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Akai MG1212 Multitrack

Combined 12-Channel Mixer/Recorder

A new cassette format 12-channel 'system' product, the Akai 'Micro Studio System' is unique - and costly. Julian Colbeck finds out what it has to offer the home recordist.

The MG1212 is the heart of what Akai call their 'Micro Studio System'. Central to this intriguing concept is the all-in-one MG1212 12-channel mixer/recorder, to which can be added a polyphonic synth (the AX80) and (originally) a music processor (the MS08). This last item appears to have bitten the dust as far as we in Britain are concerned, though; and Akai say they will be revealing a new version music processor in February.

The MG1212 measures 856 x 205 x 752mm and weighs 42kg, so it's no lightweight. However, it offers a major advantage over other (reel to reel) multitrack systems, being self-contained, ready 'plugged up' so to speak, and only requiring electricity and one of Akai's unique MK20 1/2" cassette tapes (RRP £15.49) before you can start recording. There was talk, early on, of Akai using a standard video cassette tape on the MG1212. Who began the rumour I'm not sure, but anyway, that ain't the case, folks - the tape cassette used is exclusive to Akai.

Tape is loaded via Akai's exclusive Lambda loading mechanism, and is gently lowered into place by pushing the 'Stop' button on the tape control panel - no outmoded manual pushing into place here! Once in situ the tape remains very stable, and Akai have managed to reduce modulation noise and improve sound quality by achieving excellent tape-to-head contact. A tape playing at 19cm/sec will run for 10 minutes - 20 minutes at 9.5cm/sec.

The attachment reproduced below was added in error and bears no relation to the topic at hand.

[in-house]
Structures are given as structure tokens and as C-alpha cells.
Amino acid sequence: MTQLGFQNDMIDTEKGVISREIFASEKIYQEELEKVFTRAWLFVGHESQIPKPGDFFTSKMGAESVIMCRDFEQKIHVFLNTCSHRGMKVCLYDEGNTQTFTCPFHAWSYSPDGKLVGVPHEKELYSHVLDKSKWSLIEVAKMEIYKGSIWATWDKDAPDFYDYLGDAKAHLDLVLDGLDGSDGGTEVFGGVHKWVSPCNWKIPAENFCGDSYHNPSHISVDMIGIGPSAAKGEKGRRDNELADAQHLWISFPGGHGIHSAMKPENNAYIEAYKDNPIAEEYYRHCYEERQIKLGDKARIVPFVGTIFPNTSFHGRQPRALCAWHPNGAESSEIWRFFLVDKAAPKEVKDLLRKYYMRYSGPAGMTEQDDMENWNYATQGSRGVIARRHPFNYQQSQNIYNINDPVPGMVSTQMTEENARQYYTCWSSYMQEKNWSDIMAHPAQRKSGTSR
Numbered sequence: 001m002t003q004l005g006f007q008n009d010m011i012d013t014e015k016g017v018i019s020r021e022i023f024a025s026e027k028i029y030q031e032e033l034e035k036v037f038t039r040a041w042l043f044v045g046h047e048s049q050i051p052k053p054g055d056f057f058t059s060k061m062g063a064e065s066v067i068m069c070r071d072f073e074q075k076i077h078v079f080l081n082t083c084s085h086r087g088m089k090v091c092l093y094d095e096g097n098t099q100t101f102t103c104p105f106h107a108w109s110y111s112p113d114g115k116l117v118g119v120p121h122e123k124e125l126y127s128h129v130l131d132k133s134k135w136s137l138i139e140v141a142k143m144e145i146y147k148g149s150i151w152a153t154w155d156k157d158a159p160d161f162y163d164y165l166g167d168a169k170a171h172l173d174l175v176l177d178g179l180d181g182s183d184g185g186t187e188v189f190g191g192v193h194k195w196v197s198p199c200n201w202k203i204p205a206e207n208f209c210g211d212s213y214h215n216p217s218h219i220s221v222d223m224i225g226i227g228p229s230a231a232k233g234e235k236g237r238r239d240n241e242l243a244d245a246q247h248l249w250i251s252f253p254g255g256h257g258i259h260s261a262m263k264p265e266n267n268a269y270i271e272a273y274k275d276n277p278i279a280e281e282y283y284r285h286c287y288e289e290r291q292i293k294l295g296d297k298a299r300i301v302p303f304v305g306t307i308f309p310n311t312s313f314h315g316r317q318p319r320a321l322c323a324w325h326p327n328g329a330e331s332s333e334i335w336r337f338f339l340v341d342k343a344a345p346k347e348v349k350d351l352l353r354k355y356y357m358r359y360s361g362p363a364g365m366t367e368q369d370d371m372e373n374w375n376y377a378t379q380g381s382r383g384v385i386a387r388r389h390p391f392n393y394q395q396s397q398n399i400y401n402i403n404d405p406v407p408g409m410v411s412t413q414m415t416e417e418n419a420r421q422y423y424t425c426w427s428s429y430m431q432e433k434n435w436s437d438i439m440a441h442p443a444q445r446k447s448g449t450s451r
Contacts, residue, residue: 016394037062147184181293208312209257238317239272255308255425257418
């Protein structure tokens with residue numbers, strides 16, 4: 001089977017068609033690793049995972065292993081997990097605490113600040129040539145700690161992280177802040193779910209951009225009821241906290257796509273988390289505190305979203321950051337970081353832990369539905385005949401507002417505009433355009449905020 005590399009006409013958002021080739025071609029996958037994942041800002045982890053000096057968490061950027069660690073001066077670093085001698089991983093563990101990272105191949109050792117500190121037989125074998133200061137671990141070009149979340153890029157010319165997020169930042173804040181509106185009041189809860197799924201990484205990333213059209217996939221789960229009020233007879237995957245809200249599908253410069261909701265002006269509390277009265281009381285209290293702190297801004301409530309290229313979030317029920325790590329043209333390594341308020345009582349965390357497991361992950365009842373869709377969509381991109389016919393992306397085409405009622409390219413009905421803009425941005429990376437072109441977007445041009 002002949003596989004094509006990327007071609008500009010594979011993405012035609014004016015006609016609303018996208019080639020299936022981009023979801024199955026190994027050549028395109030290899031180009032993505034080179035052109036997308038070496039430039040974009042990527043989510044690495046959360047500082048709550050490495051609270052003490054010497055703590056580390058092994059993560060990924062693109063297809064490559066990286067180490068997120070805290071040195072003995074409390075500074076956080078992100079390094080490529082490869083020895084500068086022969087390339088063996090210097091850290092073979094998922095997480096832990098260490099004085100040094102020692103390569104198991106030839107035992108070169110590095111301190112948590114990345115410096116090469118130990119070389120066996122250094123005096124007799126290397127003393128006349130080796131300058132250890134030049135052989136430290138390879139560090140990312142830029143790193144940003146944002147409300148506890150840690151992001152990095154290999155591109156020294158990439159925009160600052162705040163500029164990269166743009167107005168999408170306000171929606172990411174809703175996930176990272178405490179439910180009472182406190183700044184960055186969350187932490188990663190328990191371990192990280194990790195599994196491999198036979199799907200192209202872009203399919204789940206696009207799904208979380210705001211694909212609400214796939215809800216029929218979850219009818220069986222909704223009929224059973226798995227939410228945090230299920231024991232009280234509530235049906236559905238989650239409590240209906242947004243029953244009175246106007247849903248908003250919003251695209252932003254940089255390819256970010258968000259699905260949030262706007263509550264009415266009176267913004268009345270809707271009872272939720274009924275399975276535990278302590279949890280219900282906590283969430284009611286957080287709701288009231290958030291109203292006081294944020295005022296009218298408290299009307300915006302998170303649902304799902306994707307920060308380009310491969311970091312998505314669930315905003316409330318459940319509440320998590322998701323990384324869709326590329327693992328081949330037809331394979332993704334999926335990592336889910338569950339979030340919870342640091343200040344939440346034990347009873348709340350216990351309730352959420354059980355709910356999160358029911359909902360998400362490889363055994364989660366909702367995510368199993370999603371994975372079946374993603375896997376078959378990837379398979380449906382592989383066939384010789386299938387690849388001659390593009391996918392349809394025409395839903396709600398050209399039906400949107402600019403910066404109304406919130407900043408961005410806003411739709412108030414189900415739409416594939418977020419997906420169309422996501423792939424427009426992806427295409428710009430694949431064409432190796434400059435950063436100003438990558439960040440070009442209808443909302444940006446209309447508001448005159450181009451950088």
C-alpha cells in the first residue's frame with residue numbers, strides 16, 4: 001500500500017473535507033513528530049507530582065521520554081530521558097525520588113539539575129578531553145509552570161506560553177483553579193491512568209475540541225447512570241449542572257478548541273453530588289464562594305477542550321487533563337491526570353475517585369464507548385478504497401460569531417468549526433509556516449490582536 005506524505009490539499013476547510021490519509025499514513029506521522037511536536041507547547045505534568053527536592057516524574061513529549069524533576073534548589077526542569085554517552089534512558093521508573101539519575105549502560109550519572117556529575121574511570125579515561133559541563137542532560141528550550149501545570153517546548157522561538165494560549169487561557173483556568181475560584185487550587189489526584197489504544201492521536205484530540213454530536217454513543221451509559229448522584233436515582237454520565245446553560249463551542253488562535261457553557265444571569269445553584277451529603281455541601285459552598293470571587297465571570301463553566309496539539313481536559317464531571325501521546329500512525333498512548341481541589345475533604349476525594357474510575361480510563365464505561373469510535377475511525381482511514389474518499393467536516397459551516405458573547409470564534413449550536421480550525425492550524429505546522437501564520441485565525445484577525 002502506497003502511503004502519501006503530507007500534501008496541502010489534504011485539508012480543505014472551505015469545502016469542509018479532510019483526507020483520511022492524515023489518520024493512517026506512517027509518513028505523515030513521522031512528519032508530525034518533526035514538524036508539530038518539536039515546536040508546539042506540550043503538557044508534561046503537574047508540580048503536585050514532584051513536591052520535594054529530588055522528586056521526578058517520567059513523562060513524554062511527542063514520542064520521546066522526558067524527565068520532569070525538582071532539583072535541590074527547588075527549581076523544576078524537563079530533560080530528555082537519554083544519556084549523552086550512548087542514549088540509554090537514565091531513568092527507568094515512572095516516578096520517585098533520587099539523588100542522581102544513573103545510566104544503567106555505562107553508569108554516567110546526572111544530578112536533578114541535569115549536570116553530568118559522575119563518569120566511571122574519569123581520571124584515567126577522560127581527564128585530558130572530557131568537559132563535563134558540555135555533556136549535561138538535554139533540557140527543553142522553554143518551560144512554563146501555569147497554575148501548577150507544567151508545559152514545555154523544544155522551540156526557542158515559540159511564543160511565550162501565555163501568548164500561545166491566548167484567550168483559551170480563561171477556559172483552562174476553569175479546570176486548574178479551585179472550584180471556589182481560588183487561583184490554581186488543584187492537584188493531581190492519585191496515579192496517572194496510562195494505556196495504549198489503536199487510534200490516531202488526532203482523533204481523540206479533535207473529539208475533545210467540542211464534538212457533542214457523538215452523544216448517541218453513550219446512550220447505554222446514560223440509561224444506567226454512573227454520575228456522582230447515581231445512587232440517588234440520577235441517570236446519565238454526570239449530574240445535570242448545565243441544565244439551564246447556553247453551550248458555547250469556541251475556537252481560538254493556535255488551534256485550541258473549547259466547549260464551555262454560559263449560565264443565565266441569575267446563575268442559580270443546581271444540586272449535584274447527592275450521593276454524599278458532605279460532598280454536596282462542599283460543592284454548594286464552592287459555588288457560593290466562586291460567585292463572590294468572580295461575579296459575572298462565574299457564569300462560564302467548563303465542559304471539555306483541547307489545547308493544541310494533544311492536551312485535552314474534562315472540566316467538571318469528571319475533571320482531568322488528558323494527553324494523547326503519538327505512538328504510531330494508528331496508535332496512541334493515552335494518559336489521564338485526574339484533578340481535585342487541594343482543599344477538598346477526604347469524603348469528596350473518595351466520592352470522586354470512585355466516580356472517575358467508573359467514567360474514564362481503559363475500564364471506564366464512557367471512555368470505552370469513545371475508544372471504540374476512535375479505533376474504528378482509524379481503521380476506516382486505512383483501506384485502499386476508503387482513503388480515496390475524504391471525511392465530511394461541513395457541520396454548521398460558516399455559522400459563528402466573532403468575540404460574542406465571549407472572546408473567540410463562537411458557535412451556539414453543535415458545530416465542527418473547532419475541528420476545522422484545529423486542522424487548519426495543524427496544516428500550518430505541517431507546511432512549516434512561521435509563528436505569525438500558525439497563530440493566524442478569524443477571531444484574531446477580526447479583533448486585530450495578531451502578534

The overall layout of the MG1212 deserves high praise. The mixing section takes up much of the working area, with all the channel controls well spaced and clearly labelled. Channel inputs - normally at the back of most desks - have been placed on a lower ledge, above the input jacks, which makes it very easy to re-plug and see where everything is coming from and going to. Similarly, the effects busses, various outputs and sync in/outs connect within easy reach of someone sitting down at the controls.

The tape controls are set out on the right hand side and comprise normal tape functions of rewind, f/forward etc. They lie beneath a programmable track selector - for channel and bus assignment - which is aided by a large display screen that instantly shows all the routing configurations and status of each track.

This may sound a bit 'hi-tech' for those who aren't too sure of their recording prowess, but I can assure you it's far easier than the re-patching and switching you'd have to deal with on a conventional multitrack setup.

Then there's the computer-controlled Multi-Function Locator - in other words, a fancy tape counter with brains. And what brains! This concept allows you to hand over many of the 'hairier' aspects of recording to a computer. Although I realise that computers aren't infallible, I'd put my money on me making a mistake before it did!

The 'MFL' has several tricks up its computerised sleeve. For a start there are ten memory locations in which data may be stored. In these locations certain timings in a piece of music can be held, so that, say, number 1 will be the beginning of a first chorus. Press 'Memory Search' plus fwd/rew (depending on where you are) while on memory Lo. 1, and you'll be there in a trice. Useful, but no big deal so far. But there's plenty more! Repeats can be programmed so that the tape will automatically play from A to B, stop, rewind, and start off again, all without you having to do a thing. This, for example, would be very useful for running through guitar/synth solos; allowing you to work out what you're going to play without continually breaking up the flow.

Once you're ready to record, an automatic punch in/out can be programmed (set to the nearest second) which should take care of all but the tightest drop-ins. When it comes to final mixing, certain tracks or groups of tracks can be automatically muted, which again can save a vast amount of run-through time, and leave you free for the more artistic aspects of mixing.